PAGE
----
In China, New Year celebrations stretch over two weeks. For many people, festivities end with the Lantern Festival. So, what makes the Lantern Festival so special?
The Lantern Festival falls on the 15th day of the first month of the lunar calendar, that is the 15th calendar day following Chinese New Year. On that day, families around China get together and engage in public and traditional activities.
The most famous feature of the Lantern Festival is – not surprisingly – the lanterns. During the festival, Chinese people will light paper lanterns marked with riddles to be solved by the children in exchange for gifts. All kinds of lanterns lighten up the night sky on that day: big lanterns are paraded around on floats, small lanterns are carried by kids or hung outside houses, and other lanterns are even sent flying up in the sky. The tradition of lighting lanterns has several explanations, stemming from various religious beliefs. Some say that it has its roots in Buddhism, while others associate it with the birthday celebration of the Taoist god Taiguan, who represents good fortune. Finally, there are those who think that lighting lanterns is a way to worship Taiyi, the God of Heaven. No matter the origin, the Lantern Festival is a time to enjoy the sight of bright lanterns and witty Chinese riddles!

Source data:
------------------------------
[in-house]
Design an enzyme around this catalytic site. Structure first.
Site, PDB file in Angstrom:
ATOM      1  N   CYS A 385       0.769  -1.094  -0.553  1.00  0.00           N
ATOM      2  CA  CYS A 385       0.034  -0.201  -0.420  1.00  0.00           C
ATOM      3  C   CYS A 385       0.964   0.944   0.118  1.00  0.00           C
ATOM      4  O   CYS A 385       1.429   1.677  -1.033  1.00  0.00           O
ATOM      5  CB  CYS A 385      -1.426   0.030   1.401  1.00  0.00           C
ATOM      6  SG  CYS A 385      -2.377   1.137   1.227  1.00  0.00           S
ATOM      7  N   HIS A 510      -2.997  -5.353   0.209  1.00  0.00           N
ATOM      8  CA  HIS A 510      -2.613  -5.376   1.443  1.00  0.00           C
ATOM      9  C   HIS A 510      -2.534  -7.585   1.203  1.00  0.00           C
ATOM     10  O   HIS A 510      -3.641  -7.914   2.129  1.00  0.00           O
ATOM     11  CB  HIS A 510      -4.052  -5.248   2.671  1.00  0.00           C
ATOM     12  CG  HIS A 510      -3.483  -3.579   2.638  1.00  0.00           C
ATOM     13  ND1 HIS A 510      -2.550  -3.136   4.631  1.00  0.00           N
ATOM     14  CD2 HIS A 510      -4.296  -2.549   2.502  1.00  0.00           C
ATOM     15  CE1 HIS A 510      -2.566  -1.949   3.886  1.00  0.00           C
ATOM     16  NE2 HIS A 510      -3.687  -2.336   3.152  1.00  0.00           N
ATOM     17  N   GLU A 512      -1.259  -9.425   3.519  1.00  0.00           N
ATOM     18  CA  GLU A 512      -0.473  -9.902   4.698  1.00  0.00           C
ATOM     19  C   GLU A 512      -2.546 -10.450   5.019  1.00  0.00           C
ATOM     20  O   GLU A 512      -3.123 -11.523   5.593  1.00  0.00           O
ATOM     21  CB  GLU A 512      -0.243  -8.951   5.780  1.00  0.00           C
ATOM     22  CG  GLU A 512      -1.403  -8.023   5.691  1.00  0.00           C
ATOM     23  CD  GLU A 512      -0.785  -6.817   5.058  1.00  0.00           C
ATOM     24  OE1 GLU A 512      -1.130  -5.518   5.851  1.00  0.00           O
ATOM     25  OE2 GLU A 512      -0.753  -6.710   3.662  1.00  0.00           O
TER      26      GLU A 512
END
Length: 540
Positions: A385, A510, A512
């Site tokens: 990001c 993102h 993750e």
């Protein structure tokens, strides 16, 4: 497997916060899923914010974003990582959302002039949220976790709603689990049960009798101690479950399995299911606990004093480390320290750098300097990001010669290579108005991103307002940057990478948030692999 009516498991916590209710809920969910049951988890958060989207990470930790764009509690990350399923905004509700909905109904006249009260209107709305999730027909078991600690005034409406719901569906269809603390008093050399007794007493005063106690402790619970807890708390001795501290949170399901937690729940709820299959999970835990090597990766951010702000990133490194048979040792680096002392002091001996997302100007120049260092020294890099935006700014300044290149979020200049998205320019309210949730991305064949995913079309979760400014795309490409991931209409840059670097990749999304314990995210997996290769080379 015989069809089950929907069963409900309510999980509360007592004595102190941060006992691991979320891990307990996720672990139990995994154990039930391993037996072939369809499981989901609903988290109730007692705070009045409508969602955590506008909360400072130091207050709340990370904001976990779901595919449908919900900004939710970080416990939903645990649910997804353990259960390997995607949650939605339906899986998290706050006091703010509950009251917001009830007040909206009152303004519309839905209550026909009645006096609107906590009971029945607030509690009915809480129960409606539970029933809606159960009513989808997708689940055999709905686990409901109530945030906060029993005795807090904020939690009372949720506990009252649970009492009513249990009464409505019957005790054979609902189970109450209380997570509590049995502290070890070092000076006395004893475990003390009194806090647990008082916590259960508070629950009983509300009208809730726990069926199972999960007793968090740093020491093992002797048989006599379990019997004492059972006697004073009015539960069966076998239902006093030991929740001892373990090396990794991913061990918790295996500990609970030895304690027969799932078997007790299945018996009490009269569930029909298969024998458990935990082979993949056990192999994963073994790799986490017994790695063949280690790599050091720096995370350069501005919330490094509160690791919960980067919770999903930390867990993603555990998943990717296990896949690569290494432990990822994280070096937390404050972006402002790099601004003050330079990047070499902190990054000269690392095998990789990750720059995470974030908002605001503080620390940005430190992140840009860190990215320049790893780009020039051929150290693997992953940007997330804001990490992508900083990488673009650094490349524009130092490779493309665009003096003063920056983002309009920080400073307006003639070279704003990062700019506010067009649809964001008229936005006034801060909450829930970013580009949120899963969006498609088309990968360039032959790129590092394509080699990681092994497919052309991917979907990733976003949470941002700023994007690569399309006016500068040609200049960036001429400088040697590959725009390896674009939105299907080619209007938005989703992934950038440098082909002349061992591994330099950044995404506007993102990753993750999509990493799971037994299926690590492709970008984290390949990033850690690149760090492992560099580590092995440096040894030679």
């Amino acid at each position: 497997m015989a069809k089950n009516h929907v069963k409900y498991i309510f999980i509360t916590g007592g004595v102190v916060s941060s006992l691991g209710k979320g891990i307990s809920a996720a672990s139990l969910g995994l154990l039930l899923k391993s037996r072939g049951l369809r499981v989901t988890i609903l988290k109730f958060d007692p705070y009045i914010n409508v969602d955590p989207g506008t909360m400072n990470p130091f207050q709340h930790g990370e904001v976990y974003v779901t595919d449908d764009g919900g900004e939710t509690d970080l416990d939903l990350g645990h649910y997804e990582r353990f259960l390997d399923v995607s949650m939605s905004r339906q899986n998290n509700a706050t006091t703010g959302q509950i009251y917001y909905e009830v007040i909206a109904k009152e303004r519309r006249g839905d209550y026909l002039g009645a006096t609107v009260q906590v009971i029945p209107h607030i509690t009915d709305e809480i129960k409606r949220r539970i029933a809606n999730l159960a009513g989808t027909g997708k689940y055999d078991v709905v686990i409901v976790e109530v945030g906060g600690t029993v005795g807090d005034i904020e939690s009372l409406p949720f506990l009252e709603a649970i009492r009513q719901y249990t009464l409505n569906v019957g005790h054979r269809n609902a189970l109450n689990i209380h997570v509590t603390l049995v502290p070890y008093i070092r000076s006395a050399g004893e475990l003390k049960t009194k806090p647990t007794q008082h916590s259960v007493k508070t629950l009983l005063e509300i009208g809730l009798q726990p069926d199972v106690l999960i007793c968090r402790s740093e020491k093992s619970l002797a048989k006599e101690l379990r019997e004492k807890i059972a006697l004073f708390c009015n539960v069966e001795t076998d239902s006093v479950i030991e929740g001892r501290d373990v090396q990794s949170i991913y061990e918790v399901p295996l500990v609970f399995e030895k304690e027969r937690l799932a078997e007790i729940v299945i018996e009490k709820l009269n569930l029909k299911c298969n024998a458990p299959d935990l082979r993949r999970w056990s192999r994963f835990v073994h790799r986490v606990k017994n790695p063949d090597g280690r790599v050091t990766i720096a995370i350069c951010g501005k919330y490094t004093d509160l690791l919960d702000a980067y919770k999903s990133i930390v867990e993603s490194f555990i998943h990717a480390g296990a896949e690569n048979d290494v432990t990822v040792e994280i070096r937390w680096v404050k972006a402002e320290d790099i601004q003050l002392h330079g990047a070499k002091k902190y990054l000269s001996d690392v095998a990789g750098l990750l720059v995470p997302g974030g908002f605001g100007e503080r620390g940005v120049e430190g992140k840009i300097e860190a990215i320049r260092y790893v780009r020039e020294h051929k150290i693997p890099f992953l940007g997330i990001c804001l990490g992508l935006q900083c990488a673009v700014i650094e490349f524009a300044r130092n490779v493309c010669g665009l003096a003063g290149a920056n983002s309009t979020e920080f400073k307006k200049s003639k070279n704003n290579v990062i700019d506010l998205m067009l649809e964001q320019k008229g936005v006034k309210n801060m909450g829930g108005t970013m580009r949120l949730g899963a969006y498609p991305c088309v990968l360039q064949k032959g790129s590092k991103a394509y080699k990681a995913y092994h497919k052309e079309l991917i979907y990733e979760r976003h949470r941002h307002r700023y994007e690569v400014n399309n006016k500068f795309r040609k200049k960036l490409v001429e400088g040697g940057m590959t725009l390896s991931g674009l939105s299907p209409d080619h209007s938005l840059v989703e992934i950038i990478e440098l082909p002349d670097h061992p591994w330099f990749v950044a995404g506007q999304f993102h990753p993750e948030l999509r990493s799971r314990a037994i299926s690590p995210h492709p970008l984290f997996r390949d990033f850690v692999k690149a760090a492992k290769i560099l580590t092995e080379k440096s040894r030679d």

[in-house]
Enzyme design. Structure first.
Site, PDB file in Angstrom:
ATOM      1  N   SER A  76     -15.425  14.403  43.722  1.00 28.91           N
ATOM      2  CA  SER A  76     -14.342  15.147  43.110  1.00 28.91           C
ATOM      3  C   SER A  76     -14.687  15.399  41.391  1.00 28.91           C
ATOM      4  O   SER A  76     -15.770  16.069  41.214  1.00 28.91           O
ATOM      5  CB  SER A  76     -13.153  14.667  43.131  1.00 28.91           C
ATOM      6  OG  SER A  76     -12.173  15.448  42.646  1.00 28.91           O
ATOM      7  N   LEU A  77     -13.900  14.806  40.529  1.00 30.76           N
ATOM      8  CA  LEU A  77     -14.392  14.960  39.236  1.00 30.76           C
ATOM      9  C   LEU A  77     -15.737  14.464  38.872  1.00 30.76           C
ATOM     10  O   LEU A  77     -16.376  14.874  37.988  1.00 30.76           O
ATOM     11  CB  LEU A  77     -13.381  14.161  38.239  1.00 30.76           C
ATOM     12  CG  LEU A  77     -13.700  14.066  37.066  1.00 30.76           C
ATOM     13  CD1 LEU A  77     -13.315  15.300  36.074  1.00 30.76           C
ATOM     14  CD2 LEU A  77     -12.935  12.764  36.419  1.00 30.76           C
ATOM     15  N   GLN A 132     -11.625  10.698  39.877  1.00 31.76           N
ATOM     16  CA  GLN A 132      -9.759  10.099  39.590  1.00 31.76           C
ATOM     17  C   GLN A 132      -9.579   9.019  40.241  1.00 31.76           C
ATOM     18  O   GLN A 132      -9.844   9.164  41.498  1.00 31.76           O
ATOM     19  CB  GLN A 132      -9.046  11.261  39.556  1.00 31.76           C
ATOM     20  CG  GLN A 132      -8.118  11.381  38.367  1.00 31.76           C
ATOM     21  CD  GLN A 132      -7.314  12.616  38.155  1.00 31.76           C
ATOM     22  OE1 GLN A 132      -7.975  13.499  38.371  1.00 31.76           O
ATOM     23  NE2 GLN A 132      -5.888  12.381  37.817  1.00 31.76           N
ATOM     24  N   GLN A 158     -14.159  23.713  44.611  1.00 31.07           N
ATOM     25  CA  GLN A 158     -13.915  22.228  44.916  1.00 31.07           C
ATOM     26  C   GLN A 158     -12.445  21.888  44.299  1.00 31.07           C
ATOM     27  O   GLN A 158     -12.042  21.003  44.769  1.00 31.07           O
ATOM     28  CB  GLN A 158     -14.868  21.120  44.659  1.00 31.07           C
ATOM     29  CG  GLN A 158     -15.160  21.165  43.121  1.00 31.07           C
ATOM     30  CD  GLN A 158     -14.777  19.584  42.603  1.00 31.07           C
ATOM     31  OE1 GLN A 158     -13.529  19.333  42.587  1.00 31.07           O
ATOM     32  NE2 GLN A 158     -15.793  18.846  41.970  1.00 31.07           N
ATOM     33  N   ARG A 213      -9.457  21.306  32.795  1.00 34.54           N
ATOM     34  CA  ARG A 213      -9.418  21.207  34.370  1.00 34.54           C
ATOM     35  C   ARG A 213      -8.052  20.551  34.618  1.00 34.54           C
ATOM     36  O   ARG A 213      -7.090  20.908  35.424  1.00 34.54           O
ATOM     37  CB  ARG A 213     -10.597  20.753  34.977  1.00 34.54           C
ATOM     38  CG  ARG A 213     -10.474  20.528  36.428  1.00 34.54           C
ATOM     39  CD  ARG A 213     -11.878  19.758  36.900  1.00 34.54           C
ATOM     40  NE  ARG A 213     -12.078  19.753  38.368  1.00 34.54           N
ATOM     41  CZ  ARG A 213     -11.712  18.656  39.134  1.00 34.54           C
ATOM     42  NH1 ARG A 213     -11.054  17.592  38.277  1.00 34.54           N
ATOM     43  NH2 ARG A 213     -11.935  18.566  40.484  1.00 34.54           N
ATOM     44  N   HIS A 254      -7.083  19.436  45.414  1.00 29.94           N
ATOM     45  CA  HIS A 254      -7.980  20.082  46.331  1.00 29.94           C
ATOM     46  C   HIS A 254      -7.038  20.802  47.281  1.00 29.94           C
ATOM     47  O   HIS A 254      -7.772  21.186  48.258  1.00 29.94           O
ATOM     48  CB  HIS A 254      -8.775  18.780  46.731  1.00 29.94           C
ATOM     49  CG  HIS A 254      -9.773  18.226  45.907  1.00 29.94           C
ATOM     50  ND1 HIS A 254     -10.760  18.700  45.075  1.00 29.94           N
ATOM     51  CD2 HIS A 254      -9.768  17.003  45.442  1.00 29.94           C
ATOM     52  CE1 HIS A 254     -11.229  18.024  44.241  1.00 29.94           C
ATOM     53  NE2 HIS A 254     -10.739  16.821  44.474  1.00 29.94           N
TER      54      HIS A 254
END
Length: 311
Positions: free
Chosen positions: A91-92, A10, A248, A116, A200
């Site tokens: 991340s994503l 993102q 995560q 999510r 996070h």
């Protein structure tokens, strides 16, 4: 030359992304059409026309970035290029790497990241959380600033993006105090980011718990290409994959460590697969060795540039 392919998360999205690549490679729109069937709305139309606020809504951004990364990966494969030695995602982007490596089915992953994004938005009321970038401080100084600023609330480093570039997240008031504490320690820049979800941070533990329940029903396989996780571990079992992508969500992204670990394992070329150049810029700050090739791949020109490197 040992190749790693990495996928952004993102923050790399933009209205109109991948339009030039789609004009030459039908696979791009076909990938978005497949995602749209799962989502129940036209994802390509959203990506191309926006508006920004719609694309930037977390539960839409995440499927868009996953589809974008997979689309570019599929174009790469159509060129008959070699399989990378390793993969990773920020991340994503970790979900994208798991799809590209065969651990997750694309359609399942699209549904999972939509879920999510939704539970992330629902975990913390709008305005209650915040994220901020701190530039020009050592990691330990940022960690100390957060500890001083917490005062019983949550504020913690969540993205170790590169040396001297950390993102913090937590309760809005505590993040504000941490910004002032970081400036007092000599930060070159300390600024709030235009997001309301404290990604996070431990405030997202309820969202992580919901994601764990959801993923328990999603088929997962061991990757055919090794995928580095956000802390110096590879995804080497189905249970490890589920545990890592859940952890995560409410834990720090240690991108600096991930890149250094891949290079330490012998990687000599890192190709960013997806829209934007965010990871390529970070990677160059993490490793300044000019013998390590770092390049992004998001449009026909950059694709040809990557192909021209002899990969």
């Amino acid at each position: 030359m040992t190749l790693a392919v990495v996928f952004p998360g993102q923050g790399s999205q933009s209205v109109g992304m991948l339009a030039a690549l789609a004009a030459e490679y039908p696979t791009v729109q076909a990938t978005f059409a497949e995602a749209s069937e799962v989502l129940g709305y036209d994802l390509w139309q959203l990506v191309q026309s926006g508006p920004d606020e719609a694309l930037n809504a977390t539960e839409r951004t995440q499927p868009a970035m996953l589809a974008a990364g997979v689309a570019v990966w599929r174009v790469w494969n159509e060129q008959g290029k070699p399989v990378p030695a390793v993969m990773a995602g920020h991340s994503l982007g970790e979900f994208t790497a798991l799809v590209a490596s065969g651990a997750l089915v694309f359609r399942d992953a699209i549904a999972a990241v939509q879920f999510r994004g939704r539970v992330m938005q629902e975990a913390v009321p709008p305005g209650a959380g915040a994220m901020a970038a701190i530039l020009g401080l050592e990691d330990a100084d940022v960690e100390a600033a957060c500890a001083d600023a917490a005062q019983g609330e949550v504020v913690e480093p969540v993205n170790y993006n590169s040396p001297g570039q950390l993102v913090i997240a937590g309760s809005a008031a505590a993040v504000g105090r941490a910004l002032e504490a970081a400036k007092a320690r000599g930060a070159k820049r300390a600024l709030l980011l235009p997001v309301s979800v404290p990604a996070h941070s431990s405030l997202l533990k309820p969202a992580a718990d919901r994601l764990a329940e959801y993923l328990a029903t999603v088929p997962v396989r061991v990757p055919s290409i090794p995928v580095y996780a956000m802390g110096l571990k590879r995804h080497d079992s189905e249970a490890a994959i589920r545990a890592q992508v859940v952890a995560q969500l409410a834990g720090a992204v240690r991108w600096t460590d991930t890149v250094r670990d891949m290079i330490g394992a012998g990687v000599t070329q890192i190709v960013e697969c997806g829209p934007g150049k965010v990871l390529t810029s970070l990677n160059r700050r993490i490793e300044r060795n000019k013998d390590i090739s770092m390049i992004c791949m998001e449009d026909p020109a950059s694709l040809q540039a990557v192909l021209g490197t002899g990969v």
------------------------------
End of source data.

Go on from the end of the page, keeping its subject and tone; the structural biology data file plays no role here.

There are also regional traditions associated with the Lantern Festival. Fireworks are popular in some regions, while others will see street performances such as lion and dragon dances.
Interestingly, the Lantern Festival is also known as “Chinese Valentine’s Day”. It is a time for young people to go out and socialize – couples to celebrate their love and singles to seek their better-half.
Finally, one of the best things about the Lantern Festival is its traditional delicacy, Yuanxiao (or Tangyuan), a small sweet dumpling made of glutinous rice flour. One more reason to enjoy this exciting festival!
By – Nancy